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Lunacy in the Stock Market—What is the Evidence?


  • Anthony Herbst



Popular culture and folklore have long recognized the influence of the lunar cycle on plant, animal, and human behavior. Many of the effects have been validated in the physical and biological sciences. However, until recently such effects have been largely, if not completely ignored in the academic literature of financial economics. This study aims to contribute to answering whether there is, as some claim, a lunar influence on stock prices or volatility. The findings of this work support the Efficient Markets Hypothesis—no consistent, predictable lunar influence is found on either daily returns or daily price volatility in the Dow Jones Industrial Average, for either new or full moons. Some effects are found, but not consistent or predictable with lunar and calendar information alone. Copyright Springer Science+Business Media, LLC 2007

Suggested Citation

  • Anthony Herbst, 2007. "Lunacy in the Stock Market—What is the Evidence?," Journal of Bioeconomics, Springer, vol. 9(1), pages 1-18, April.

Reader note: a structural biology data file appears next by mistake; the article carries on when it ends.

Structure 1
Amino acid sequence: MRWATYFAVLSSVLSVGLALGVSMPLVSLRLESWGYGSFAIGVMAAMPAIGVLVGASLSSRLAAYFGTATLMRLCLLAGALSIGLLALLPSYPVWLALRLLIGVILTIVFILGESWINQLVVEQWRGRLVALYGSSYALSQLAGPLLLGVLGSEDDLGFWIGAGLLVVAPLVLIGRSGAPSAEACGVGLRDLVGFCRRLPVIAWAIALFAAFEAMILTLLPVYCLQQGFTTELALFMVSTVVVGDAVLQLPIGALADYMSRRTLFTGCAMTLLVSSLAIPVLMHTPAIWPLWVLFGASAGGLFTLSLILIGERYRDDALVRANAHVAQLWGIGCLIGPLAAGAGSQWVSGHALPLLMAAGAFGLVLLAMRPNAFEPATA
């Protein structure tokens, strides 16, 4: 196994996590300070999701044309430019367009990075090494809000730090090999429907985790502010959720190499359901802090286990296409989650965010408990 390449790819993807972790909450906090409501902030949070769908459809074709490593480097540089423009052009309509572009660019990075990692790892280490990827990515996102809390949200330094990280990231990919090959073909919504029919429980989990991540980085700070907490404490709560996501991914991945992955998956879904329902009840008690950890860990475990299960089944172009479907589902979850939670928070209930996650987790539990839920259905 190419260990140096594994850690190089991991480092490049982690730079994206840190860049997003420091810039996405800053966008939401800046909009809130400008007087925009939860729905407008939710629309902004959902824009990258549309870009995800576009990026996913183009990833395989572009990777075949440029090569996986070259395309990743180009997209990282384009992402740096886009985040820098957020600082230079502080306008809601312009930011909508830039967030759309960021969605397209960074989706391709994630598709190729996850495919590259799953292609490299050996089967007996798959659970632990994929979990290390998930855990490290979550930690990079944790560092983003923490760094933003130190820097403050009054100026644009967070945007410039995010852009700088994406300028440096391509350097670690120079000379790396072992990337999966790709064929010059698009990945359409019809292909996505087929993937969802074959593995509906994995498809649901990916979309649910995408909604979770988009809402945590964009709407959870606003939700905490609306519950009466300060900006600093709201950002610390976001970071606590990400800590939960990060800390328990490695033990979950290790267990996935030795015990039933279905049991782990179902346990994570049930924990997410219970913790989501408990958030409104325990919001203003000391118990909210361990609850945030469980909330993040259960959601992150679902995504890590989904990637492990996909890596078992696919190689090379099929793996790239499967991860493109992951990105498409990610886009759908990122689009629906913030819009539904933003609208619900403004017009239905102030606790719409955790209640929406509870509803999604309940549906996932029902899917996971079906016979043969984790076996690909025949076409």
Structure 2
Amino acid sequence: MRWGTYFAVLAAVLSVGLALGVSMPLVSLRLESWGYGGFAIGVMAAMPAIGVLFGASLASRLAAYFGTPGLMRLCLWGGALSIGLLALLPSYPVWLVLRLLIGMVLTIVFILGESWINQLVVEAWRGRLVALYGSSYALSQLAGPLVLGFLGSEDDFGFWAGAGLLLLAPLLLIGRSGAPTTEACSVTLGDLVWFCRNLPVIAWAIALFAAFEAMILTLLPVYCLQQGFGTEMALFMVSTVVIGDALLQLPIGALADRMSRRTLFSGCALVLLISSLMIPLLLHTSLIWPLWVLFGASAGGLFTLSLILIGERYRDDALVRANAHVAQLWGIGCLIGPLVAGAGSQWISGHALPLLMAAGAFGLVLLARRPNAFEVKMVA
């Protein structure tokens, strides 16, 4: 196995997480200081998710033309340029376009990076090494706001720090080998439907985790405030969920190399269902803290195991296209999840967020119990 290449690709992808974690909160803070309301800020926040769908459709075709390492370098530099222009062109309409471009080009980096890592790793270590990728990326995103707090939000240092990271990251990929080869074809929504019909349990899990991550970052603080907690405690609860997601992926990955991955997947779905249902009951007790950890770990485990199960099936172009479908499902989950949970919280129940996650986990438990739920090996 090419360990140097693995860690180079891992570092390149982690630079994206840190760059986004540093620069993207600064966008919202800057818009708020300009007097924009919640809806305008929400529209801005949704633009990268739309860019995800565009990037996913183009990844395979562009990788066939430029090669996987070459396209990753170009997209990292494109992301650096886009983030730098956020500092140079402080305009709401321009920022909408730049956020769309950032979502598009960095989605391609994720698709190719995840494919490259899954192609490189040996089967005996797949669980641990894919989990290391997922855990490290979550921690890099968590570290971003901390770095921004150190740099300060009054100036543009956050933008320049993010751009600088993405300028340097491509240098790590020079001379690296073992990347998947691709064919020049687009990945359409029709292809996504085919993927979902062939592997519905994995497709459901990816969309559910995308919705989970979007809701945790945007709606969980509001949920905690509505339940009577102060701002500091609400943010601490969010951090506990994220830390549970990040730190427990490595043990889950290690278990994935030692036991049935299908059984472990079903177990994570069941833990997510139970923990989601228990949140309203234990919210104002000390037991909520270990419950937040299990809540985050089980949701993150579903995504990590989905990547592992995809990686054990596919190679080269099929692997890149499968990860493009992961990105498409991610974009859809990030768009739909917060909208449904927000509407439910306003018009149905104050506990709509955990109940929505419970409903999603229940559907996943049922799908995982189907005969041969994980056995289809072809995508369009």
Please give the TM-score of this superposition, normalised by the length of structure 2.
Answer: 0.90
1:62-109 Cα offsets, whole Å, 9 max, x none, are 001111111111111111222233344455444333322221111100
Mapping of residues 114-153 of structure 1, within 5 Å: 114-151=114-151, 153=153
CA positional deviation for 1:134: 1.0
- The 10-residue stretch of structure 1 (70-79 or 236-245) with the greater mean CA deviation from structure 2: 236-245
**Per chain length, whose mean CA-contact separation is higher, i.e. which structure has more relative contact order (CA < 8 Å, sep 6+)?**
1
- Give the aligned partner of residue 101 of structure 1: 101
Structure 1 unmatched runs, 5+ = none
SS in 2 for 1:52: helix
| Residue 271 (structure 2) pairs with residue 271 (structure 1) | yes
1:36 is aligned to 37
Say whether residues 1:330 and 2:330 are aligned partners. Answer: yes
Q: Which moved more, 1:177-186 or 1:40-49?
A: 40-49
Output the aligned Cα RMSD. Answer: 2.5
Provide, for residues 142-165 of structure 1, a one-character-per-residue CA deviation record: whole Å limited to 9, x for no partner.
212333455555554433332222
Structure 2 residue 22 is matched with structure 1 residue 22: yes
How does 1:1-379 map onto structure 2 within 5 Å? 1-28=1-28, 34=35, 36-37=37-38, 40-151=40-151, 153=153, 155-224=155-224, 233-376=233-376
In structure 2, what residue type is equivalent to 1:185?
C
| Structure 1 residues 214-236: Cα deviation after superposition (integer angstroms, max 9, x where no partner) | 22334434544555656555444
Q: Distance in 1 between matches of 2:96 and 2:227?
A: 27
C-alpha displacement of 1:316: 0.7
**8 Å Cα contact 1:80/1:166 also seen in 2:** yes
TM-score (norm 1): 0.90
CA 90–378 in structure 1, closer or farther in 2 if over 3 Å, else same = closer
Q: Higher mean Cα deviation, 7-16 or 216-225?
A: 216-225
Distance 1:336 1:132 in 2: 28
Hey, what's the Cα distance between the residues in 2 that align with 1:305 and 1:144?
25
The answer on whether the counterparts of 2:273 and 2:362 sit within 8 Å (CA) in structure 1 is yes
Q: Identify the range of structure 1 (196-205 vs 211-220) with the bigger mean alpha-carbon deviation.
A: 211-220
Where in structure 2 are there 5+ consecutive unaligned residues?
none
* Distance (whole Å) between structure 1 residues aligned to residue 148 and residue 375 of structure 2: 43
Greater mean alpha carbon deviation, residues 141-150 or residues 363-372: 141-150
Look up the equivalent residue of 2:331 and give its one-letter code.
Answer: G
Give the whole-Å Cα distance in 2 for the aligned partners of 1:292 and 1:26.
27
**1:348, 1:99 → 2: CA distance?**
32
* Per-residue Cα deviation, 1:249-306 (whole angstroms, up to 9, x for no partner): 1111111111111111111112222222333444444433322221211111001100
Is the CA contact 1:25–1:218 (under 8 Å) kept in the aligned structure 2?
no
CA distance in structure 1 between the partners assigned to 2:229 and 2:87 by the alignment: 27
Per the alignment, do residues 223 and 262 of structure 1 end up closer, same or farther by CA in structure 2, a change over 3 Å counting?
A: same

• Handle: RePEc:kap:jbioec:v:9:y:2007:i:1:p:1-18
    DOI: 10.1007/s10818-007-9016-3

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    References listed on IDEAS

    1. Benoit Mandelbrot, 2015. "The Variation of Certain Speculative Prices," World Scientific Book Chapters,in: THE WORLD SCIENTIFIC HANDBOOK OF FUTURES MARKETS, chapter 3, pages 39-78 World Scientific Publishing Co. Pte. Ltd..
    2. Garman, Mark B & Klass, Michael J, 1980. "On the Estimation of Security Price Volatilities from Historical Data," The Journal of Business, University of Chicago Press, vol. 53(1), pages 67-78, January.
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    Cited by:

    1. Rayenda Khresna Brahmana & Chee-Wooi Hooy & Zamri Ahmad, 2014. "Moon Phase as the Cause of Monday Irrationality: Case of Asean Day of the Week Anomaly," The International Journal of Economic Behavior - IJEB, Faculty of Business and Administration, University of Bucharest, vol. 4(1), pages 51-65.
    2. repec:but:manage:v:4:y:2014:i:1:p:51-65 is not listed on IDEAS
    3. Reschenhofer, Erhard & Lingler, Michaela, 2013. "Detecting synchronous cycles in financial time series of unequal length," Journal of Empirical Finance, Elsevier, vol. 24(C), pages 1-9.

    More about this item


    lunar cycles; moon phases; stock market; volatility; E44; G12; G14;

    JEL classification:

    • E44 - Macroeconomics and Monetary Economics - - Money and Interest Rates - - - Financial Markets and the Macroeconomy
    • G12 - Financial Economics - - General Financial Markets - - - Asset Pricing; Trading Volume; Bond Interest Rates
    • G14 - Financial Economics - - General Financial Markets - - - Information and Market Efficiency; Event Studies; Insider Trading


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